State grants park funds

Board delayed allocation after neighbors' protests

Lighted fields were at issue

Ehrlich advises creation of citizens group for site

Western Howard

October 07, 2004|By Larry Carson | Larry Carson,SUN STAFF

With no real alternative, Maryland's Board of Public Works approved a $534,114 payment yesterday for Howard County's Western Regional Park, ensuring that roads, parking lots and the first five playing fields will go forward as scheduled.

Two weeks ago, the board delayed voting on the money after park opponents protested the lighted fields and the size and scope of the park, even though the state had spent more than $4 million on the project.

In Annapolis yesterday, Gov. Robert L. Ehrlich Jr. recommended -- and Howard County Executive James N. Robey agreed -- that the county form a citizens committee to monitor the park's development and include Glenwood residents in its operations when the park opens next fall. The park's features, he and state Treasurer Nancy K. Kopp said, are a local issue.

"There's no process for us to do anything here except say on the record that a friends [of the park] committee is a good concept," Ehrlich said before the board voted in the state treasury building.

"I have no problem working with any community group," said Robey, who called the project "a great park."

County Recreation and Parks Director Gary J. Arthur agreed to meet with residents.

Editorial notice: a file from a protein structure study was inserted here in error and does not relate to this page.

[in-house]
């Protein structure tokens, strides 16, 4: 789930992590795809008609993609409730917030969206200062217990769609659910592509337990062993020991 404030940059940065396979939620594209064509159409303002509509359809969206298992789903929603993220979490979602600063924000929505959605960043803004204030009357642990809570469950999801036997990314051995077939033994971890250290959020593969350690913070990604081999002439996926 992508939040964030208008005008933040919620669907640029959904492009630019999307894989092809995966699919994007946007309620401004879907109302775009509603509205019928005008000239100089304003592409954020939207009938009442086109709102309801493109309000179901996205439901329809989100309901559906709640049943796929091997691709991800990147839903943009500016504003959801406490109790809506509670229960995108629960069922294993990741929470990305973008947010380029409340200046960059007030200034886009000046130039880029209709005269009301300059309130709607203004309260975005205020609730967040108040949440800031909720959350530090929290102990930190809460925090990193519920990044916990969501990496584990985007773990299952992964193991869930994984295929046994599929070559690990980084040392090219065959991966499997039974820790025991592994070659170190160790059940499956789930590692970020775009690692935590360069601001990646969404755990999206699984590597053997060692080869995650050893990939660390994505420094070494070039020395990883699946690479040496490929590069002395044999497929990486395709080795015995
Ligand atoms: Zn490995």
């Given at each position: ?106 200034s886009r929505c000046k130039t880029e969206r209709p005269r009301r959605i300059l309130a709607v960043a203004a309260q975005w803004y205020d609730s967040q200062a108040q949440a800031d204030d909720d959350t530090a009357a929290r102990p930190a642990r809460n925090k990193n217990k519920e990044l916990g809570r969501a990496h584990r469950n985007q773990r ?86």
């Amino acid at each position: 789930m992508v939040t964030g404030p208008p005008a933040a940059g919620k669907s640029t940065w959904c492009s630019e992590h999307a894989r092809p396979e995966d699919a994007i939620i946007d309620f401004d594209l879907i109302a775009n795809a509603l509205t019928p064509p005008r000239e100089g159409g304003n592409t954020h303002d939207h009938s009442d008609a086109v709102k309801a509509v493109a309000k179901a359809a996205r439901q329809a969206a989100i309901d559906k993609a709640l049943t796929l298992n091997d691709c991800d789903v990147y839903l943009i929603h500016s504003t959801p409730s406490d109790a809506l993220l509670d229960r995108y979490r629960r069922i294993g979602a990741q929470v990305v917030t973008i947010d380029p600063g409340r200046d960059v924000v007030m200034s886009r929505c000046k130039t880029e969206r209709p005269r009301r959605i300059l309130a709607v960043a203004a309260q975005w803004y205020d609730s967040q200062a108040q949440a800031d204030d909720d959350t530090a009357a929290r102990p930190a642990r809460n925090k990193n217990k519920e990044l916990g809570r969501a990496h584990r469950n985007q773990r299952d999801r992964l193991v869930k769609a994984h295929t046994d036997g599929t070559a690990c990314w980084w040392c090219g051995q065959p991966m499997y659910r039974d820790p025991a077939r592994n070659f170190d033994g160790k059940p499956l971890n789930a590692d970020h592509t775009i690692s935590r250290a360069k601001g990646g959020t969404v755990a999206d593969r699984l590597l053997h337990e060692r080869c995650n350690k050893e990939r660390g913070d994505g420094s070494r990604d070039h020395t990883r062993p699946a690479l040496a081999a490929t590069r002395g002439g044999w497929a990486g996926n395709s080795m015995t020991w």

"We always want to work with the community," he said, adding that a 12-member citizens committee was created by western county Councilman Allan H. Kittleman several years ago to help plan the park.

Neighbors of the 161-acre park, near the Glenwood library off Route 97, took their fight against lighted fields to the board Sept. 22. They were aided by Del. Warren E. Miller, a western county Republican, and lobbyist Bruce C. Bereano.

But after yesterday's meeting, Joan Becker, a leader of the park's opponents, said her group realized that it could not stop the park or the lights. Still, the group wants to have some say on the park's development and use.

"That's what this was all about. I'm thanking you for getting us to this level and having someone listen to us," Becker told the board. Later, she said that residents want to be included in park affairs "so we feel it's truly a community park."

That seemed a far cry from her position two weeks ago, when Ehrlich and the two other board members, Comptroller William Donald Schaefer and Kopp, delayed voting on the money intended to help complete the first phase of development after a presentation by Bereano, Becker and Miller.

At that time, the trio attacked the concept of a regional park as too big and said it would attract too many people. Bereano said people in western Howard "moved to get away from Columbia. They don't want people following them from Columbia."

Miller called the park a "revenue-generating facility," and Becker said it was a "sports complex" and not a park.

Arthur then recounted how the park's design went through at least four levels of review over the past five years, from public hearings conducted by his department and board, to those of the county Planning Board, the county executive and the County Council. Plans for large picnic pavilions and an amphitheater were eliminated because of residents' complaints.

"We've made significant compromises. What else can we do besides make the whole park go away?" Robey said. "That simply is not good for Howard County."

Kittleman, a Republican, tried to get the County Council to eliminate plans for five lighted fields but failed, settling instead for three lighted fields.

But neighbors like Becker were not mollified, and hired Bereano, a lobbyist known for his influence with state politicians, to argue their case.

Miller said he feels citizens' objections were not taken seriously enough.

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